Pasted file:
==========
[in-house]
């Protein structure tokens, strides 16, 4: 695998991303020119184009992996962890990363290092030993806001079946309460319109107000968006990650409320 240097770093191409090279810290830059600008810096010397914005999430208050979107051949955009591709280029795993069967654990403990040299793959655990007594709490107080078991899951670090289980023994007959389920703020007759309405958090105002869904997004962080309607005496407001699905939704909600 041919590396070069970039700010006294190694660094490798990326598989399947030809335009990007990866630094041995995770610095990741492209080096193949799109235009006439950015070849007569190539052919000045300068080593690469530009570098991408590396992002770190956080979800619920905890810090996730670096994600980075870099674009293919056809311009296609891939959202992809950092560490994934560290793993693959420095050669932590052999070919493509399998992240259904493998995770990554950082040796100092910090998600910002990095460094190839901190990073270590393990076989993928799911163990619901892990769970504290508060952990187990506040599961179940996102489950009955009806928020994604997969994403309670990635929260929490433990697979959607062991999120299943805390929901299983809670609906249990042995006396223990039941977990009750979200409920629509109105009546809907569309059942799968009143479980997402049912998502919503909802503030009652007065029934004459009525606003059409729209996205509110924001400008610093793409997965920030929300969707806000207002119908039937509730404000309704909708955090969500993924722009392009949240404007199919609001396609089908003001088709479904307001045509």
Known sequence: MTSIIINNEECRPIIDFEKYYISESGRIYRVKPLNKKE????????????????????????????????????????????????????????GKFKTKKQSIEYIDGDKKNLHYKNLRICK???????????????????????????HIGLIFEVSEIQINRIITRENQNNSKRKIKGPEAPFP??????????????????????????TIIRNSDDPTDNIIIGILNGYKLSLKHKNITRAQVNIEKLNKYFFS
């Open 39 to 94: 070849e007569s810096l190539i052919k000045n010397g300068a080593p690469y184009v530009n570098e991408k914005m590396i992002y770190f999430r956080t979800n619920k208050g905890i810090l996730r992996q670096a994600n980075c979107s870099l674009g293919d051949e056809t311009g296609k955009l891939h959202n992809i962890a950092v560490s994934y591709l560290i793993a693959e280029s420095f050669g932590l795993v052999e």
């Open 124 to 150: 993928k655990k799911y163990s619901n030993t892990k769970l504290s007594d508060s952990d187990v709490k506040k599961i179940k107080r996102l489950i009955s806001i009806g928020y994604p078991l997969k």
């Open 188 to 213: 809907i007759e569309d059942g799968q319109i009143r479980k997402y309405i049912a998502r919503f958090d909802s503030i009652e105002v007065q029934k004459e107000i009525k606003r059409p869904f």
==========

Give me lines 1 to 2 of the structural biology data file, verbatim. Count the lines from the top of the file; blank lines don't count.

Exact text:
[in-house]
């Protein structure tokens, strides 16, 4: 695998991303020119184009992996962890990363290092030993806001079946309460319109107000968006990650409320 240097770093191409090279810290830059600008810096010397914005999430208050979107051949955009591709280029795993069967654990403990040299793959655990007594709490107080078991899951670090289980023994007959389920703020007759309405958090105002869904997004962080309607005496407001699905939704909600 041919590396070069970039700010006294190694660094490798990326598989399947030809335009990007990866630094041995995770610095990741492209080096193949799109235009006439950015070849007569190539052919000045300068080593690469530009570098991408590396992002770190956080979800619920905890810090996730670096994600980075870099674009293919056809311009296609891939959202992809950092560490994934560290793993693959420095050669932590052999070919493509399998992240259904493998995770990554950082040796100092910090998600910002990095460094190839901190990073270590393990076989993928799911163990619901892990769970504290508060952990187990506040599961179940996102489950009955009806928020994604997969994403309670990635929260929490433990697979959607062991999120299943805390929901299983809670609906249990042995006396223990039941977990009750979200409920629509109105009546809907569309059942799968009143479980997402049912998502919503909802503030009652007065029934004459009525606003059409729209996205509110924001400008610093793409997965920030929300969707806000207002119908039937509730404000309704909708955090969500993924722009392009949240404007199919609001396609089908003001088709479904307001045509």